Reigniting Linsanity // Chinatown Thanksgiving Turkeys // Who Is Michael Jang?

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Happy all the holidays to you, as I’ve taken to saying. There was Thanksgiving in November, now Christmas, Hanukkah, Dongzhi and New Year’s Eve in December, then finally the Lunar New Year right around the corner in January. It’s a lot! Regardless of what you celebrate at this time of year, I hope your family is happy, healthy and together. ~Wes

New in our community this week:

  • Jeremy Lin brings Linsansity to the Beijing Ducks.
  • Chinatown BBQs tackle Thanksgiving turkeys.
  • The perils of praying for Hong Kong.

Family Corner

Practice making the glutinous rice dumplings called tang yuan for the Dongzhi Festival on December 22, then you’ll be ready to make them again when the Lunar New Year arrives in January. Chinese American Family

With over a hundred years of history in Los Angeles, networks of Chinese schools continue to share culture with children through language. Attending language school every weekend remains a familiar regimen for many. Annenberg Media

In smaller communities like Gainesville, FL, Chinese schools serve a similar purpose. Because they’re fewer in number, the programs act as community magnets that draw students and families from the wider region. NPR


“I’ve worked as a minority actor in television since the age of 10,” writes Michaela Zee, “In the animation industry, where the actor’s appearance is concealed, minorities often must yield to two options: either be typecast or whitewashed.” New School Free Press

Chi Wang explores why the recent Hong Kong district council election results are a win for Chinese people everywhere. “Hong Kong may be part of China,” he writes, “but it has also belonged to the world – including the West – for over a century.” South China Morning Post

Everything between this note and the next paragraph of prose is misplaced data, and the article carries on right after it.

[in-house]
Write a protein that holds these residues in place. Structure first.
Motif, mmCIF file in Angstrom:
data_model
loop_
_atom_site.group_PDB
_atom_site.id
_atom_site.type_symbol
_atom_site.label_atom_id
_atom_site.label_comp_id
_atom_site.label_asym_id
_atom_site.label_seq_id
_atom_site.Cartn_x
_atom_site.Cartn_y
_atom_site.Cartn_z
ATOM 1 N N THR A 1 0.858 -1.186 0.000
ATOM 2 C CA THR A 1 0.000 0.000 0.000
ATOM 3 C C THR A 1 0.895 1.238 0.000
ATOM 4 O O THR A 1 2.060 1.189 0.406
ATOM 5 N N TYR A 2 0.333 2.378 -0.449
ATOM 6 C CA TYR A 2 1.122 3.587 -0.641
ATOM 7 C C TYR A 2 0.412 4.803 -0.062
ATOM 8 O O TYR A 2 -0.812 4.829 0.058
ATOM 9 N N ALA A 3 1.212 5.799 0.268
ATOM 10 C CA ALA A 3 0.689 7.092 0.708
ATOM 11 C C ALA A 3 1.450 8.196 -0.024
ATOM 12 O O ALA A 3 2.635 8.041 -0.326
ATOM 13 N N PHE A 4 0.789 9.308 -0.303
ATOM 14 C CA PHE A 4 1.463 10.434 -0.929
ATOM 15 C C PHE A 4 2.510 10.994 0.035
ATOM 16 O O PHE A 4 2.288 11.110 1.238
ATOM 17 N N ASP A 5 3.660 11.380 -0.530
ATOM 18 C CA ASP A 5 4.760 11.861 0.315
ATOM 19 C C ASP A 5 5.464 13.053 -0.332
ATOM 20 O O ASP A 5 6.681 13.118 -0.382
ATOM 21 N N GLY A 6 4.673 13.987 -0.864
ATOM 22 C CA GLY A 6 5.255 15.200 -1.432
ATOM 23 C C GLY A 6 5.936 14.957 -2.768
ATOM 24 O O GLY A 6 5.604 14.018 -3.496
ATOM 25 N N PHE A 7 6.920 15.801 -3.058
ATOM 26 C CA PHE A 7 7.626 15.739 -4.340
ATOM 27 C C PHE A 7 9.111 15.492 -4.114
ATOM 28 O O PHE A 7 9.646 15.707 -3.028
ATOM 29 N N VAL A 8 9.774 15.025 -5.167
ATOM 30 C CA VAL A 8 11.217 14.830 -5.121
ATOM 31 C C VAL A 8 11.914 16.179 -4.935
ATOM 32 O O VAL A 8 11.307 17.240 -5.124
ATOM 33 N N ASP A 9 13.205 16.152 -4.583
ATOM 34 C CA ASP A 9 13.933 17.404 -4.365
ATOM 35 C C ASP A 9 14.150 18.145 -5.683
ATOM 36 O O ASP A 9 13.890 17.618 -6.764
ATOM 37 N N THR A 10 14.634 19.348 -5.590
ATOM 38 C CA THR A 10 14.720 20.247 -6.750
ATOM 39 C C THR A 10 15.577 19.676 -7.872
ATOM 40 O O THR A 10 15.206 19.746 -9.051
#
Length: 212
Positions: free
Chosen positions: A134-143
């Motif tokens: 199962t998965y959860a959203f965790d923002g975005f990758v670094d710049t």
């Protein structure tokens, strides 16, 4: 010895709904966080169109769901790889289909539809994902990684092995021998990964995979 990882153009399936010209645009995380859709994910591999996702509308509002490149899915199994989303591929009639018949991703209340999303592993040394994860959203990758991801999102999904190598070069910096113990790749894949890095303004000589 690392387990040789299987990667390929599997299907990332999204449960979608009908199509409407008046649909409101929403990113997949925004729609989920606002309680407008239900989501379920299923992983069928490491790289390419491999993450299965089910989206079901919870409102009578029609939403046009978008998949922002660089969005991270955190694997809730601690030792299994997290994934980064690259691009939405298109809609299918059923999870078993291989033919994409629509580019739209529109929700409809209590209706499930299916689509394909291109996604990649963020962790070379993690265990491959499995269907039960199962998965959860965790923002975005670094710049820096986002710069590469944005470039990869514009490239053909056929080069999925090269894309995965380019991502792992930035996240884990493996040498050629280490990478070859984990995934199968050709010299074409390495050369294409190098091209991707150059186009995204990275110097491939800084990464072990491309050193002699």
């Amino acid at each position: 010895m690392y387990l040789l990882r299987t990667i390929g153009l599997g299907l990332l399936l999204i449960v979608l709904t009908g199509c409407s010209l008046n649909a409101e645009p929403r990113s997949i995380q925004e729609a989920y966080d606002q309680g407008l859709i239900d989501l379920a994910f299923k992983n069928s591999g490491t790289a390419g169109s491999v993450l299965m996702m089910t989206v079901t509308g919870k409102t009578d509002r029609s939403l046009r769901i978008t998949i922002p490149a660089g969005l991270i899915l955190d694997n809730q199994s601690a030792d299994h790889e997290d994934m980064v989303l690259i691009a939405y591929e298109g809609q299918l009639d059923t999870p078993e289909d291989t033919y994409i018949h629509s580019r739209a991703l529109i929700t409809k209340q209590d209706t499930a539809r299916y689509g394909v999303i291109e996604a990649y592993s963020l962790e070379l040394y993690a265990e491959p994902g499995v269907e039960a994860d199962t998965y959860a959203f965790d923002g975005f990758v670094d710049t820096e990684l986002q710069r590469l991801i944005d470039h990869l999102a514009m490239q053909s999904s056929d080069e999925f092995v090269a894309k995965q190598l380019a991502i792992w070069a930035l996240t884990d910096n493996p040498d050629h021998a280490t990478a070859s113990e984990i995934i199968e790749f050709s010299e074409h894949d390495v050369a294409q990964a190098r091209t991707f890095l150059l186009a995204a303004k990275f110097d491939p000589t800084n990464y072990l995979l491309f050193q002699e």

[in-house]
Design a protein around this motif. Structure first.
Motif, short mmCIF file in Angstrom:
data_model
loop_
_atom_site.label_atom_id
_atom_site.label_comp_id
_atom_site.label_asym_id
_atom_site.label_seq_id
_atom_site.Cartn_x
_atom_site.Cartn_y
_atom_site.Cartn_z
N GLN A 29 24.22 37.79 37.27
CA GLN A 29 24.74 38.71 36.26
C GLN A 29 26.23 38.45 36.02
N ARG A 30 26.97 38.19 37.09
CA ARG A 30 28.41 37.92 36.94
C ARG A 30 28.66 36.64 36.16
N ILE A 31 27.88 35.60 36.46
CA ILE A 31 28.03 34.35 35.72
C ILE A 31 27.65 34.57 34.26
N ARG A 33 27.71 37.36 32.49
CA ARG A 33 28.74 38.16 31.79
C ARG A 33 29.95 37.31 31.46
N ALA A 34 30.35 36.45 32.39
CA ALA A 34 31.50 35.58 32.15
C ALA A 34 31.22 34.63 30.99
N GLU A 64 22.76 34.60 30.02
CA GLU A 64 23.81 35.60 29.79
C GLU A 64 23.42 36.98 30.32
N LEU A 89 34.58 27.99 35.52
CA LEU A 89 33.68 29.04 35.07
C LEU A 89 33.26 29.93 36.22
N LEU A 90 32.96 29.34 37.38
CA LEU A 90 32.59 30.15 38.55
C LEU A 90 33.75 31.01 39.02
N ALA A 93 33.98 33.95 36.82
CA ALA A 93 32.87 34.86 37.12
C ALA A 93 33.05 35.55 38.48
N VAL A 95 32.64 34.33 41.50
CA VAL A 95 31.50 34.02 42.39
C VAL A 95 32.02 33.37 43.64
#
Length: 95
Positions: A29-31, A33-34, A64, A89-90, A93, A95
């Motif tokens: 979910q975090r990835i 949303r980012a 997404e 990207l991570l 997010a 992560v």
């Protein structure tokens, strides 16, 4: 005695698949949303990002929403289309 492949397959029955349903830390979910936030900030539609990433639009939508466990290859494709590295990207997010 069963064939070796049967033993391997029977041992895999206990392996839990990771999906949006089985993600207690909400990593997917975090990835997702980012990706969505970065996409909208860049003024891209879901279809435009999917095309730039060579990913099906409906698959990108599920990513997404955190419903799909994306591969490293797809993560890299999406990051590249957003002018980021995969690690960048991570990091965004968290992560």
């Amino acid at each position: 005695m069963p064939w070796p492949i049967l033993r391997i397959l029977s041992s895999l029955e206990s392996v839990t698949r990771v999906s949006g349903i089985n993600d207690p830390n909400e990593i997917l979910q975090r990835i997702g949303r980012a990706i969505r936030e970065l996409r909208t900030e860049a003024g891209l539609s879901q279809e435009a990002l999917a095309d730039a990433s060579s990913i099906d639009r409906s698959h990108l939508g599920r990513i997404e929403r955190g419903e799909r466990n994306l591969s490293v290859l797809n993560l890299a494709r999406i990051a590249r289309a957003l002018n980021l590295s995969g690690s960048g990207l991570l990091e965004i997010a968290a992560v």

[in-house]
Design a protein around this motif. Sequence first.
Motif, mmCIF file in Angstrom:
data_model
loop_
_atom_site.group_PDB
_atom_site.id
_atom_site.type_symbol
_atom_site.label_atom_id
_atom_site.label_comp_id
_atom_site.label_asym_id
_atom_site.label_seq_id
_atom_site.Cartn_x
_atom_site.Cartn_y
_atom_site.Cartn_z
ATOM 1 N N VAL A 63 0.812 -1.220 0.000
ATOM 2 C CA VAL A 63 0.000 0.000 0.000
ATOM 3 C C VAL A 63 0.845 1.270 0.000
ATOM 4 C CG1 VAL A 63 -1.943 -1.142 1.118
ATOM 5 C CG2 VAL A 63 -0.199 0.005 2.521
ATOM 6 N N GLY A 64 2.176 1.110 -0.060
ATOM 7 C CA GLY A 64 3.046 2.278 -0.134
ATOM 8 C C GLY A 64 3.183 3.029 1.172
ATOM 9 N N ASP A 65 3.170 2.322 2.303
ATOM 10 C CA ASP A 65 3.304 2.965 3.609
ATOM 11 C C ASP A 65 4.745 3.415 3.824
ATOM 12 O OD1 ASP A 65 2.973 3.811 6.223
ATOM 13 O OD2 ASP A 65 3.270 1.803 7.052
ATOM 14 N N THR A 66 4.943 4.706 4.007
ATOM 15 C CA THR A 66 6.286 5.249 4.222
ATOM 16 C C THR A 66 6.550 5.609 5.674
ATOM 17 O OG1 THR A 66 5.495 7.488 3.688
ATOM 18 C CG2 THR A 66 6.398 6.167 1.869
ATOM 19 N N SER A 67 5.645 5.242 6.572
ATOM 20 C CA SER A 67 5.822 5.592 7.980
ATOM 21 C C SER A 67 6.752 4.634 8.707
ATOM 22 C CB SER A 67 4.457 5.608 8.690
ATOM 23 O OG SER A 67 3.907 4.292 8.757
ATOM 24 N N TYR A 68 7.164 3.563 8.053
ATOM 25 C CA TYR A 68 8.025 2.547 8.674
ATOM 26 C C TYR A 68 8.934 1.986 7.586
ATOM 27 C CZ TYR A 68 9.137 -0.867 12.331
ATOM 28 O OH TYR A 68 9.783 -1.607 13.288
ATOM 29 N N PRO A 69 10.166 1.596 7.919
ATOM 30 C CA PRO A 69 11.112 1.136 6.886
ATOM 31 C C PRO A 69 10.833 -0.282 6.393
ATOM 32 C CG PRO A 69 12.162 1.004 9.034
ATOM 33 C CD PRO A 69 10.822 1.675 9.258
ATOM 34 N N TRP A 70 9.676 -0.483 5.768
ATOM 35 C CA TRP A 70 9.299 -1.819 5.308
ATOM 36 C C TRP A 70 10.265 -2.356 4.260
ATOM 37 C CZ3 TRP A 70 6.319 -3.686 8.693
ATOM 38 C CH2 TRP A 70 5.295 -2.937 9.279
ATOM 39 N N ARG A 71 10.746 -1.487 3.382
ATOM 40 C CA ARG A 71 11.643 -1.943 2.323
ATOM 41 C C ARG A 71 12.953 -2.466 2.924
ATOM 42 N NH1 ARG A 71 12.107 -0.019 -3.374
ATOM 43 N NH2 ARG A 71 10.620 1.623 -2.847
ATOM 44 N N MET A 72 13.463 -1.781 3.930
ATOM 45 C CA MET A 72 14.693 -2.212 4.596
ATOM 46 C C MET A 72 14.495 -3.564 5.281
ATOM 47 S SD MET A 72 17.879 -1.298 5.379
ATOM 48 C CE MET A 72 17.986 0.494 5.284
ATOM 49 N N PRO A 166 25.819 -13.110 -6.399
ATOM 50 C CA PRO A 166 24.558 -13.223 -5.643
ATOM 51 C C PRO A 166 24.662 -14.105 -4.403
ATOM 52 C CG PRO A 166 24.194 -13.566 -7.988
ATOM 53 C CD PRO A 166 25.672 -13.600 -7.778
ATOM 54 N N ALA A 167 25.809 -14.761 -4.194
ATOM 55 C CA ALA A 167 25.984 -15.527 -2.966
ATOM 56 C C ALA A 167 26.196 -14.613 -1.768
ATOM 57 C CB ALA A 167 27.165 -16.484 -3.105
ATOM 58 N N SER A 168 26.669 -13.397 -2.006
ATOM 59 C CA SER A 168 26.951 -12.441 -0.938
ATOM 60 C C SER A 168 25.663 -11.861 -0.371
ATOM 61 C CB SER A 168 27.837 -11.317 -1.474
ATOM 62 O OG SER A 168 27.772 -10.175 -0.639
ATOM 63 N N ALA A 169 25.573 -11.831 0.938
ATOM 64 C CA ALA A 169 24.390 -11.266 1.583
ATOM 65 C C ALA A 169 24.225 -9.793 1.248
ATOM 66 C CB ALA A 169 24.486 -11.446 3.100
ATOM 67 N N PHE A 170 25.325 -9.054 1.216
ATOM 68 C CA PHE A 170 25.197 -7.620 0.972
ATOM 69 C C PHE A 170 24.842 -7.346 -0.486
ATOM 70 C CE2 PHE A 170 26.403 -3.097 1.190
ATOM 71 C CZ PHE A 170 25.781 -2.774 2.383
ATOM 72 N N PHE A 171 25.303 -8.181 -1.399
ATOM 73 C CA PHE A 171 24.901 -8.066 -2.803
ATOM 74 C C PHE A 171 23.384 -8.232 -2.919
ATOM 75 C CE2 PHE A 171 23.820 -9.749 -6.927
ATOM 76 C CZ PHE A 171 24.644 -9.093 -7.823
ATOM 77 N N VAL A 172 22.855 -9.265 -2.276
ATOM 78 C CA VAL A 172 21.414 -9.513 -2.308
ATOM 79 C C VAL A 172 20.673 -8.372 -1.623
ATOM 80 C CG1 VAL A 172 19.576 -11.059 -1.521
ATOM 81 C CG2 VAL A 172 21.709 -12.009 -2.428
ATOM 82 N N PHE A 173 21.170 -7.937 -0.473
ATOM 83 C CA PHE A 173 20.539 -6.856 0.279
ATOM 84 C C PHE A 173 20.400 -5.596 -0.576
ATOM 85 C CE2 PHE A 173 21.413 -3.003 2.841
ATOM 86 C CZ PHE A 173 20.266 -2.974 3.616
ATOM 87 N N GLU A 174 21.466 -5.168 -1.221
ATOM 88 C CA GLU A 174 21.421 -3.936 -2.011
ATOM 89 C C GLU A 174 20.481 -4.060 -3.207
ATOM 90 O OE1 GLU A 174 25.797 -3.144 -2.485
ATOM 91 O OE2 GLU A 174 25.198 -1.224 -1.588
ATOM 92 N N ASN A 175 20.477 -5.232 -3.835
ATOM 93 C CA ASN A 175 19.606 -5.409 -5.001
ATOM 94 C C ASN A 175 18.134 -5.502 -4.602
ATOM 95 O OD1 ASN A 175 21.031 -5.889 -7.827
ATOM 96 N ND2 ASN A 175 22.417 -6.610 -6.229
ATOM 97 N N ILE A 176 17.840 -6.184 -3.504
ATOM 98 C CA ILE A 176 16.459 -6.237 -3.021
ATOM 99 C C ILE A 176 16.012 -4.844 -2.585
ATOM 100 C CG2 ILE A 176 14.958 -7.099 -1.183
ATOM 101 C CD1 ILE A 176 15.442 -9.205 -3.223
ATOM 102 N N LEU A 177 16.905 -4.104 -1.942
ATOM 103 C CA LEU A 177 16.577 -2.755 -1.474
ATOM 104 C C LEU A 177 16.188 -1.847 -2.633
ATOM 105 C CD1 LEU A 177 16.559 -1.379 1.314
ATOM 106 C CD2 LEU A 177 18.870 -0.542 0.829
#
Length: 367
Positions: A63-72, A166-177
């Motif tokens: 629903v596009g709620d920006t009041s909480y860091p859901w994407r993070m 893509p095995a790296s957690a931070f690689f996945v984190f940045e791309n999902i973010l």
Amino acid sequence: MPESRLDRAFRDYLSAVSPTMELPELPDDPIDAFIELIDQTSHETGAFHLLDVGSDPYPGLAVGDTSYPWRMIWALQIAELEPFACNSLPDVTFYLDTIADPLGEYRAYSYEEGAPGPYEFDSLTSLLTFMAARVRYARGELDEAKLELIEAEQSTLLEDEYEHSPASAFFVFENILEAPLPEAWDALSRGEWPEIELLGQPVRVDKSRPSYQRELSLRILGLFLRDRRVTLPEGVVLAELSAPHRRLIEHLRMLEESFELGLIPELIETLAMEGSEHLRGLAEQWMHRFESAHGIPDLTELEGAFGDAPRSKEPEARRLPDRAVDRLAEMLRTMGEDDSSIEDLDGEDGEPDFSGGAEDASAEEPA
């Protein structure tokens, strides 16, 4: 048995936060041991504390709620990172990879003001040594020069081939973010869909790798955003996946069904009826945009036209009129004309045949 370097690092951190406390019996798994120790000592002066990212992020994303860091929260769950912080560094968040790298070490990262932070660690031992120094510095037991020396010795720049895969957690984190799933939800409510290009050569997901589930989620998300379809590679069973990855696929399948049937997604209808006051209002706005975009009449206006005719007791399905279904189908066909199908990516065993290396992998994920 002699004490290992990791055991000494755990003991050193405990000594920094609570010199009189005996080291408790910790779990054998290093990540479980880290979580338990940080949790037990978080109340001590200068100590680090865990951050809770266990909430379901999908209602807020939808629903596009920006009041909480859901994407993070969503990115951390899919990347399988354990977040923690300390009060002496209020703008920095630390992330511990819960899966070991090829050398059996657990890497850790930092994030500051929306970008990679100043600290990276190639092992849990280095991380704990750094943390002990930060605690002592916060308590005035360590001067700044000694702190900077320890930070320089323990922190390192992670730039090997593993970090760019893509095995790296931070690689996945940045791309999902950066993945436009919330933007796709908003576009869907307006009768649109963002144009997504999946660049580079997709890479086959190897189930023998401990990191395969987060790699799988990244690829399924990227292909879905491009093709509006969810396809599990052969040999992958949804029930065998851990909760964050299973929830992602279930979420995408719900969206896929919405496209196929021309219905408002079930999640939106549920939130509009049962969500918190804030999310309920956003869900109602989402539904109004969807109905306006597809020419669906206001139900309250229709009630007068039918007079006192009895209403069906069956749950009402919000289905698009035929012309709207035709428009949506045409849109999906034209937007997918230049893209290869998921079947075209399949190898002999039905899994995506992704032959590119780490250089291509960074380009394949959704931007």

Praying for Hong Kong can be politically disruptive — even in America. Chinese diaspora churches remain silent while Hong Kongers take to the streets. Christianity Today



After receiving no offers following his first NBA World Championship title, Jeremy Lin signed a $3 million contract with the Beijing Ducks in August, hoping for an opportunity to showcase his unappreciated NBA skillset. And boy, he hasn’t let any of his Linsane fans down. Annenberg Media

Photographer Michael Jang has just published his first monograph to accompany an exhibition of his work at the McEvoy Foundation for the Arts in San Francisco. Among the most engaging photos are images of his own extended family. New York Review of Books

Voice of America and Radio Free Asia are joining forces to launch a new Mandarin language network with content to reach a younger audience during a time of Chinese ascendancy and eroding American soft power. South China Morning Post


With juicy meat and extra-crisp skin, holiday turkeys cooked in the manner of their iconic roasted ducks are keeping Chinatown barbecue restaurants busy across the United States. Customers of all backgrounds are embracing this American-born innovation. New York Times

A former gambling hall and brothel in the California Delta town of Isleton has been reborn as the Mei Wah Beer Room, a thriving and award-winning tap room for local craft beers. East Bay Times

Lucky Lee’s, the fast-casual Chinese restaurant in New York that sparked viral outrage for racist marketing language, is closing after less than a year in business. Eater



What was life like for Chinese Americans in 19th-century St. Louis? Housing discrimination forced the members of the city’s Chinese community to live in one block of downtown known as Hop Alley. St. Louis Magazine

A Grain Of Rice

“It may be overdramatic, but in that moment, I learned what it meant to be Chinese by ethnicity, American by nationality and Chinese American by identity.” — Sarah Ko, about watching Jeremy Lin play in the NBA

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